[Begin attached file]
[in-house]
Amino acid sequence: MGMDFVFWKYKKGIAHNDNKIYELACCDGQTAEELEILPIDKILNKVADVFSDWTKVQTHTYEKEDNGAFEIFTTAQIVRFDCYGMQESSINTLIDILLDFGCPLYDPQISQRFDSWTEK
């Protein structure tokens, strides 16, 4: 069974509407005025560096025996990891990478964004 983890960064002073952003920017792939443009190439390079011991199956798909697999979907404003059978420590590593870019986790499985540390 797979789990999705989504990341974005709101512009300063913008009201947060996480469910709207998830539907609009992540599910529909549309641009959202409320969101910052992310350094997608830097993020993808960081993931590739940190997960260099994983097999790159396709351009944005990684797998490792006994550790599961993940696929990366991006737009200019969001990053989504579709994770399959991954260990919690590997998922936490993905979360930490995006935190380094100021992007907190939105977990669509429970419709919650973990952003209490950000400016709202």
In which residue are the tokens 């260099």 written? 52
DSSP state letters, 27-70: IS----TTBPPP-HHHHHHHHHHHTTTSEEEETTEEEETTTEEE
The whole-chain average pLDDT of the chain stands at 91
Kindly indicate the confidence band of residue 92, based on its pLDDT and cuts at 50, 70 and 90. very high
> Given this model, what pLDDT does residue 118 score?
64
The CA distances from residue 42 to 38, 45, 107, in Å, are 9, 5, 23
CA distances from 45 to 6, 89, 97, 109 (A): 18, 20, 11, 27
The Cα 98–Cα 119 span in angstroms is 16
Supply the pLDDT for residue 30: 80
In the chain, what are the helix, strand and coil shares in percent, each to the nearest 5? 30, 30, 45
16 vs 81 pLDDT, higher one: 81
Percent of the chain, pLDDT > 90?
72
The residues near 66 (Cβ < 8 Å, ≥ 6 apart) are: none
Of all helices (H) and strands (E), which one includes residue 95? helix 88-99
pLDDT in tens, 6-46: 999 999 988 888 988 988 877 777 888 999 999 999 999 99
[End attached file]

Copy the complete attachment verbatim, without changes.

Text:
[in-house]
Amino acid sequence: MGMDFVFWKYKKGIAHNDNKIYELACCDGQTAEELEILPIDKILNKVADVFSDWTKVQTHTYEKEDNGAFEIFTTAQIVRFDCYGMQESSINTLIDILLDFGCPLYDPQISQRFDSWTEK
């Protein structure tokens, strides 16, 4: 069974509407005025560096025996990891990478964004 983890960064002073952003920017792939443009190439390079011991199956798909697999979907404003059978420590590593870019986790499985540390 797979789990999705989504990341974005709101512009300063913008009201947060996480469910709207998830539907609009992540599910529909549309641009959202409320969101910052992310350094997608830097993020993808960081993931590739940190997960260099994983097999790159396709351009944005990684797998490792006994550790599961993940696929990366991006737009200019969001990053989504579709994770399959991954260990919690590997998922936490993905979360930490995006935190380094100021992007907190939105977990669509429970419709919650973990952003209490950000400016709202």
In which residue are the tokens 């260099």 written? 52
DSSP state letters, 27-70: IS----TTBPPP-HHHHHHHHHHHTTTSEEEETTEEEETTTEEE
The whole-chain average pLDDT of the chain stands at 91
Kindly indicate the confidence band of residue 92, based on its pLDDT and cuts at 50, 70 and 90. very high
> Given this model, what pLDDT does residue 118 score?
64
The CA distances from residue 42 to 38, 45, 107, in Å, are 9, 5, 23
CA distances from 45 to 6, 89, 97, 109 (A): 18, 20, 11, 27
The Cα 98–Cα 119 span in angstroms is 16
Supply the pLDDT for residue 30: 80
In the chain, what are the helix, strand and coil shares in percent, each to the nearest 5? 30, 30, 45
16 vs 81 pLDDT, higher one: 81
Percent of the chain, pLDDT > 90?
72
The residues near 66 (Cβ < 8 Å, ≥ 6 apart) are: none
Of all helices (H) and strands (E), which one includes residue 95? helix 88-99
pLDDT in tens, 6-46: 999 999 988 888 988 988 877 777 888 999 999 999 999 99